Off topic, I'm not sure Messi was ever "taught" as far as his skill level goes. Basic moves, sure. Perhaps we could say he learned from playing against his brothers, cousins, dad. I'm not sure who actually teaches a genius. Who taught Einstein? I'm not sure people can claim to have really taught him. The best kid I coached (national team level in another sport) - I'd show him something, then the next week he'd show me much better variations I can't do or conceive that I could try to learn to do. I didn't teach him that. I'm not qualified. I don't even understand that. The highest level of push hands I felt - felt like that. Incomprehensible. I've never felt that at judo or bjj. Great and fully understandable skill, yes. Nothing "alien". Taijiquan theory seems to want to seek the alien. But that's not possible. You can't teach an ordinary student anything extraordinary. Even if you're Messi or Michael Jordan, you can't really impart your genius to someone else. The kid prodigy composers just hear music all the time in their head with all the different instruments. If they don't write it down, it'll be lost. It just comes out. You can't teach that.
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Re: Double Weighted

Postby Trip on Wed Jan 02, 2019 9:19 pm

everything wrote:They do say that in judo, but they don't go crazy with "double weighting" lectures.

Double Weighted is an important theory, but they don't go crazy with the double weighted lectures in Traditional Taiji teaching either.

Most teachers will tell you you're over thinking it.
Double weighting is, partly, simply about {conscious} agility.
A basic teaching to build on. Having an awareness of there being an option to resistance, to take a different step, a different path.
It's a simple teaching for a Taiji student to build on.

A mental awareness that a yin or yang {physical} step
or an advance or to retreat the body
is always available to you in the early stages of contact.

They teach it, then move on to how it works in physical practice.
It's really simple.

As an example:
It's has something to do with Conscious Movement.
It's difficult to rotate with double pressure
If you can distinguish “Double Pressure/Resistance” early...

Once you become aware of it
Distinguishing it in the early stages of contact there's an opportunity to take advantage,
you have a chance to lead your opponent to emptiness.
And make him pay!

If you don't practice it, it shows.
If you do practice it, that shows.
Last edited by Trip on Wed Jan 02, 2019 9:25 pm, edited 1 time in total.
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Re: Double Weighted

Postby everything on Wed Jan 02, 2019 10:34 pm

I think that makes sense. It's not some kind of extreme profoundness. It's basic. I claim and experienced that tjq emphasizes the idea more in theory and in practice, but maybe that's not at all true. It seems true in MA. OTOH in youth basketball, I assisted a coach who often said "set the defense". Essentially that meant to do a feint that set the opponents' feet. In that moment, they were "double weighted" and "flat footed" and not able to change/react to your real move. In that sense, before you do kuzushi, you do a fake kuzushi. I push you to try to get you to push back (double yang) so that I can borrow your push.

eh.
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Re: Double Weighted

Postby marvin8 on Wed Jan 02, 2019 11:04 pm

everything wrote:kuzushi, position before submission, and cuts, aren't the same as trying to not have "double weighting" even though they can result in not having double weighting or causing double weighting. But we don't need to always seek a perfect yin/yang balance or no yang vs. yang to achieve any of those things.

My words are out of context and you left out the etc:
marvin8 wrote:Messi was taught how to get opponents out of position with footwork (e.g., outside/inside cut, etc), balance, alignment, change of direction, etc.

Soccer (as well as other sports and arts) teach/drill balance and alignment (not double weight) in order to perform quick change of directions, get opponent double weighted and attack the goal.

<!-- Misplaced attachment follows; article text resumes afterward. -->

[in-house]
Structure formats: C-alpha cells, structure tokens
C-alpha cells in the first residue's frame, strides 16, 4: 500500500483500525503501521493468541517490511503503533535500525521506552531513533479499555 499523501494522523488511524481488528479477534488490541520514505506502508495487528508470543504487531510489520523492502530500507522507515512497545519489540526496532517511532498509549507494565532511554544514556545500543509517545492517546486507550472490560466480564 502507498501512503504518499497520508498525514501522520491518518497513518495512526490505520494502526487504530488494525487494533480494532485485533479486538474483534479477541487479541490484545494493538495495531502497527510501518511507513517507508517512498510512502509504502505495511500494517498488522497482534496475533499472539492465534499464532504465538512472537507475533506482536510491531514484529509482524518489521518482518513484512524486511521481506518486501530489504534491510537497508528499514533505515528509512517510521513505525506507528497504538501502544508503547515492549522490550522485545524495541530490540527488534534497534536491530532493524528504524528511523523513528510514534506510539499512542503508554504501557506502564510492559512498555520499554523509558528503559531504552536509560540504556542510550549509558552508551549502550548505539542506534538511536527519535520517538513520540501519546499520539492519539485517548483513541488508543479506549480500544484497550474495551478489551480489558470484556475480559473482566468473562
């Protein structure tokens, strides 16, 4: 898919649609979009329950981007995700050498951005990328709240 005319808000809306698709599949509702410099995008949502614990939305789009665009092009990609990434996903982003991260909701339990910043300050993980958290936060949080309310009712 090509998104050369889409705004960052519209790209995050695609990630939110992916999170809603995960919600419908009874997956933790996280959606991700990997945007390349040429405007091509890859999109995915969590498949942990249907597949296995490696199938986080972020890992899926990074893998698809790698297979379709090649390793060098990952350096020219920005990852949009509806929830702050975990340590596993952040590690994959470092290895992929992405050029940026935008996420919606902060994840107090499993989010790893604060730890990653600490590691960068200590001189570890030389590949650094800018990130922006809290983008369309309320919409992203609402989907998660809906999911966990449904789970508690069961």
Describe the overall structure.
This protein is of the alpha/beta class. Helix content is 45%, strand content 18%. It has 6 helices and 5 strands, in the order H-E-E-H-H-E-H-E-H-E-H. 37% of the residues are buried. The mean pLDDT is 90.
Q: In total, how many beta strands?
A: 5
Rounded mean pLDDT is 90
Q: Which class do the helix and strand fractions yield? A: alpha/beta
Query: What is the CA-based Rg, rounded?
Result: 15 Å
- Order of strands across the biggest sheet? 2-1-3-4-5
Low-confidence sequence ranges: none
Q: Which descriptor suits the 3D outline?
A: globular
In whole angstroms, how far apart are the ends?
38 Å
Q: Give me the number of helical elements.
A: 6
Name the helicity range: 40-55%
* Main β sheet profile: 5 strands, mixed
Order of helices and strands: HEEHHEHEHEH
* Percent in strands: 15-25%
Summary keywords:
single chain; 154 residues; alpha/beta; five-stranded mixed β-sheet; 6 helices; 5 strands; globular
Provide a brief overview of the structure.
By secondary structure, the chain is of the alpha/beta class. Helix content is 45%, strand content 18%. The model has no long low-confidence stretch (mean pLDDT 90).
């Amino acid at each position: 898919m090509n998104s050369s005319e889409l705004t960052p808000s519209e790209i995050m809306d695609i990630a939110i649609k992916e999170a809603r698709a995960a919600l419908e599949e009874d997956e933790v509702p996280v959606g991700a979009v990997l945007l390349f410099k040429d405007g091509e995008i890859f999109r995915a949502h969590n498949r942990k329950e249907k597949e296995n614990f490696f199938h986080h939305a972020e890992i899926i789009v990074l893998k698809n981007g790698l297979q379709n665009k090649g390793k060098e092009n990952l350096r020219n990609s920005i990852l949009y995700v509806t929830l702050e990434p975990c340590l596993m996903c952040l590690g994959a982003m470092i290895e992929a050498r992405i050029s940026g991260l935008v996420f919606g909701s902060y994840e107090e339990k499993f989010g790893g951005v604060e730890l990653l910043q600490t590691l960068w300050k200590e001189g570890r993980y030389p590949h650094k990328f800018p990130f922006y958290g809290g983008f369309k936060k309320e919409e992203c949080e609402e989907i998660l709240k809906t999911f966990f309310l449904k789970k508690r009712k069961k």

From oragami_itto's previous post, Mizner is double weighted according to the boxing trainer in the latter video:

Image

In the following video, the boxing trainer teaches concepts of making the opponent miss (rather than block) punches to disrupt his balance (double weight), be aligned and not off balance (double weighted) otherwise one is open to opponent's punches, one doesn't want to make the opponent only miss but one wants to make the opponent pay (seamless transition from defense to offense using timing and balance (not double weighted), always in position (not double weighted) to defend the next punch because opponent has two hands, don't lock oneself into a position (not double weighted) because opponent will throw several punches and one of them will land and @ 5:12 (bending over like Mizner), "I am completely off balance open for an uppercut or hook (double weighted):"


https://www.youtube.com/watch?v=UkUrxd_lSqY

everything wrote:Usually in high level judo matches, the kuzushi looks a bit forced. The taijiquan mandate seems more idealistic (for better or for worse).

Does push hands competition look "a bit forced?" Judo is referred to as the gentle way—gentleness overcomes hardness:
marvin8 wrote:Judo is based on kuzushi, borrow opponents force, etc. . . .

Sometimes you lure, asking hand or give resistance to set up an opponent. Then, change direction and use opponent's force against himself.


everything wrote:Off topic, I'm not sure Messi was ever "taught" as far as his skill level goes. Basic moves, sure. Perhaps we could say he learned from playing against his brothers, cousins, dad. I'm not sure who actually teaches a genius. Who taught Einstein? I'm not sure people can claim to have really taught him. The best kid I coached (national team level in another sport) - I'd show him something, then the next week he'd show me much better variations I can't do or conceive that I could try to learn to do. I didn't teach him that. I'm not qualified. I don't even understand that. The highest level of push hands I felt - felt like that. Incomprehensible. I've never felt that at judo or bjj. Great and fully understandable skill, yes. Nothing "alien". Taijiquan theory seems to want to seek the alien. But that's not possible. You can't teach an ordinary student anything extraordinary. Even if you're Messi or Michael Jordan, you can't really impart your genius to someone else. The kid prodigy composers just hear music all the time in their head with all the different instruments. If they don't write it down, it'll be lost. It just comes out. You can't teach that.